To put it another way, a strict, classic definition of “racism” means “a belief that race is the primary detriment of human traits and capacities and that racial differences produce an inherent superiority of a particular race.” The decline of actual racist acts in America’s mainstream, though, has become a real problem for progressives who have bet their entire political future on keeping minorities believing that they are under siege and that their only protection is to voting proggie.  There is a reason, not that many years ago, that then Vice President Biden told an audience of black Americans at an NAACP meeting that Republicans want to “put y’all back in chains.”  And there is a reason President Obama, author of all that racial healing in his administration, told Latinos that Republicans were their “enemies.”

So what is “white supremacy?”  Well, at least when the Left talks about it, it’s not the old KKK crap anymore. Instead, we can use the “Pyramid of White Supremacy” (pictured at the top of this post) as our guide to see just how outrageous it is and just how disconnected it is from people actually engaging in racist acts predicated on the belief in the inferiority of minorities — i.e., actual racism.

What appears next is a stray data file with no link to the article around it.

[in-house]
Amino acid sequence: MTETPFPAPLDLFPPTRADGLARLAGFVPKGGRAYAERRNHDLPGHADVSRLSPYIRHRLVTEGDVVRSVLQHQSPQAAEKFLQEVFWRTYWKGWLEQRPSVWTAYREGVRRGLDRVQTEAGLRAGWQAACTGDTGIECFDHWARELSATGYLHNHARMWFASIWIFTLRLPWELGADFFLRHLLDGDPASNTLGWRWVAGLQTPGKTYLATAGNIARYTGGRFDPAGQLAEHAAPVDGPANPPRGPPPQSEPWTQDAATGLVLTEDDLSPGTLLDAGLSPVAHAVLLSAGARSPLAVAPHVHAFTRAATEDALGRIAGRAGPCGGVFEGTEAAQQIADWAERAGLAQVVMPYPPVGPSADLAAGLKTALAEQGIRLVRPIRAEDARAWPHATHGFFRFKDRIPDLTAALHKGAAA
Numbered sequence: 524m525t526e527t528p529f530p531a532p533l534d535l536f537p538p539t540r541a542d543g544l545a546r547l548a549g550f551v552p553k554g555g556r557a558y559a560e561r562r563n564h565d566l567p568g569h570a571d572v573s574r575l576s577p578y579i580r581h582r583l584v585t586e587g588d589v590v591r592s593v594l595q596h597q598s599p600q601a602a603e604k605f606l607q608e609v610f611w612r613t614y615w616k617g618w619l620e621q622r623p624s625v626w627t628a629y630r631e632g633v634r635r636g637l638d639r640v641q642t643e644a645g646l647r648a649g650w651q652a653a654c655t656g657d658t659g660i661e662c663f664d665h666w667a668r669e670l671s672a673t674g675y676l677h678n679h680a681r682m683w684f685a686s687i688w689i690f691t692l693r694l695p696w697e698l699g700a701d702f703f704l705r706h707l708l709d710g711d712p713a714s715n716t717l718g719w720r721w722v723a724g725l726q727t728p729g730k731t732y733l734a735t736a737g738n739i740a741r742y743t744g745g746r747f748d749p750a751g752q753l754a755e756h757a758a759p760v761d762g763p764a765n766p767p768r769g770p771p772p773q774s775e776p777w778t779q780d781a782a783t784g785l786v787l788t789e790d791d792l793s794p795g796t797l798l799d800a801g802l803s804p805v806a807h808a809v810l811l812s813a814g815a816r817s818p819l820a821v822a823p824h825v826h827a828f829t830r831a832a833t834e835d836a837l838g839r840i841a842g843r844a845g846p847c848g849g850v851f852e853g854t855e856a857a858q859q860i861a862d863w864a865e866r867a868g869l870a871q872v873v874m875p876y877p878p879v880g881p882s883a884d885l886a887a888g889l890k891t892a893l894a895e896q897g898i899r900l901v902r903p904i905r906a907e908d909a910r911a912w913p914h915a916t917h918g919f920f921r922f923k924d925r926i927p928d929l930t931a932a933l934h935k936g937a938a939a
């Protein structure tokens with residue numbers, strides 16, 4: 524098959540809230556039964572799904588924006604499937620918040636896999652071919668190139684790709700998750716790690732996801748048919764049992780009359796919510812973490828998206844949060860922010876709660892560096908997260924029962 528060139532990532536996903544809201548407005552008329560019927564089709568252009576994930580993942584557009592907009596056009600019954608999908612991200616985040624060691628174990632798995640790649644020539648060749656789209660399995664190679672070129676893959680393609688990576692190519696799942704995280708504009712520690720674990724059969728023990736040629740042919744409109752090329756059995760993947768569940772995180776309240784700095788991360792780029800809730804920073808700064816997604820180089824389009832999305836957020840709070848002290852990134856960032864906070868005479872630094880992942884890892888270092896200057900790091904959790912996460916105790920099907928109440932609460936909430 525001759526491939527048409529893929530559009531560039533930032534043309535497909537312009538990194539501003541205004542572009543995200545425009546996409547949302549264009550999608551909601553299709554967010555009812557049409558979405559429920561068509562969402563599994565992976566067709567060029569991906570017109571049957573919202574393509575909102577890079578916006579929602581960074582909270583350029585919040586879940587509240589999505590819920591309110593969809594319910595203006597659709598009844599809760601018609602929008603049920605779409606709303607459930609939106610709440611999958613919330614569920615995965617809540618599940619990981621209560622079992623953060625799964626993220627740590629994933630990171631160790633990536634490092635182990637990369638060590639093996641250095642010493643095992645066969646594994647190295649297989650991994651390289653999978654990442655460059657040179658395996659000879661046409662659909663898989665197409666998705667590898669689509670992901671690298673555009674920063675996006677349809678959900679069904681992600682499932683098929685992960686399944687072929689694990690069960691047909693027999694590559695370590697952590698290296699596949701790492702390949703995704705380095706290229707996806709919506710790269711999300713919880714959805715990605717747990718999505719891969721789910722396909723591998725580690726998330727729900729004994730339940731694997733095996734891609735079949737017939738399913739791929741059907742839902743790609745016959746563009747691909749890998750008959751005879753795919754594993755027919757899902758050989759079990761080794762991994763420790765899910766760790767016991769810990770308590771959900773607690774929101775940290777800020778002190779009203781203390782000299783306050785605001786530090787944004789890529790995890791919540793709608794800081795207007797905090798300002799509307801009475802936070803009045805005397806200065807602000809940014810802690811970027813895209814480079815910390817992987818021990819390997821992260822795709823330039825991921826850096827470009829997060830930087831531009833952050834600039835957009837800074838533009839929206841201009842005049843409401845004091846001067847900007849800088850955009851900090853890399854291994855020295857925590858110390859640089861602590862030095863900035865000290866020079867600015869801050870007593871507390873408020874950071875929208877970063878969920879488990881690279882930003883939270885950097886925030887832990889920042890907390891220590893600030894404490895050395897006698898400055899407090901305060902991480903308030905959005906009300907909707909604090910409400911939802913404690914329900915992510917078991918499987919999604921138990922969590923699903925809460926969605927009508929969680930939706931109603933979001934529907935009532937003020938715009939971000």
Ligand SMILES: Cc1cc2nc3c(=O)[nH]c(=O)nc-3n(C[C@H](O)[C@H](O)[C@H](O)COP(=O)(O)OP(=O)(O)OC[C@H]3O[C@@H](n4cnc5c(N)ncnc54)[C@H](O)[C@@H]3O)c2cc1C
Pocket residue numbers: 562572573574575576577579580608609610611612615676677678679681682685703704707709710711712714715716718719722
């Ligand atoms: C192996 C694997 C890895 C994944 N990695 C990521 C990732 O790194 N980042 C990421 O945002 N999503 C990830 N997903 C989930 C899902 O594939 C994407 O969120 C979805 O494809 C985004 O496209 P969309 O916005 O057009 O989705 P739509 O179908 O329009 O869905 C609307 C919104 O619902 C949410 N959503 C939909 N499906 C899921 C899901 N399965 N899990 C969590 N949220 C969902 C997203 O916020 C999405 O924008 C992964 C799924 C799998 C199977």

A college professor put together and uses the “Pyramid of White Supremacy” for a mandatory course she teaches for elementary education majors at Salisbury University in Maryland.  I was reminded of it the other day when I saw it at the Ace of Spades blog. The pyramid names nothing as “racist” that has not already made it into the mainstream media over the past several years.  The list goes from ludicrous, to insane, to evil, literally making of everyone not a proggie a white supremacist.

Racism Pyramid of White Supremacy

Tier One — Genocide 

At the top of the “white supremacy” pyramid are those who call for genocide of blacks or other minorities. No one in the mainstream for the entire history of this nation has ever called for that — but one would not know that today.  According to the NYT, the President is a “white supremacist” who, according to MSNBC, wants to exterminate Latinos. Moreover, according to CNN, Trump is already responsible for more deaths than Mao (40,000,000-75,000,000), Stalin (20,000,000) and Hitler (11,000,000) put together.  And by extension, if you are a Trump supporter. . . .

Tier II –  Violence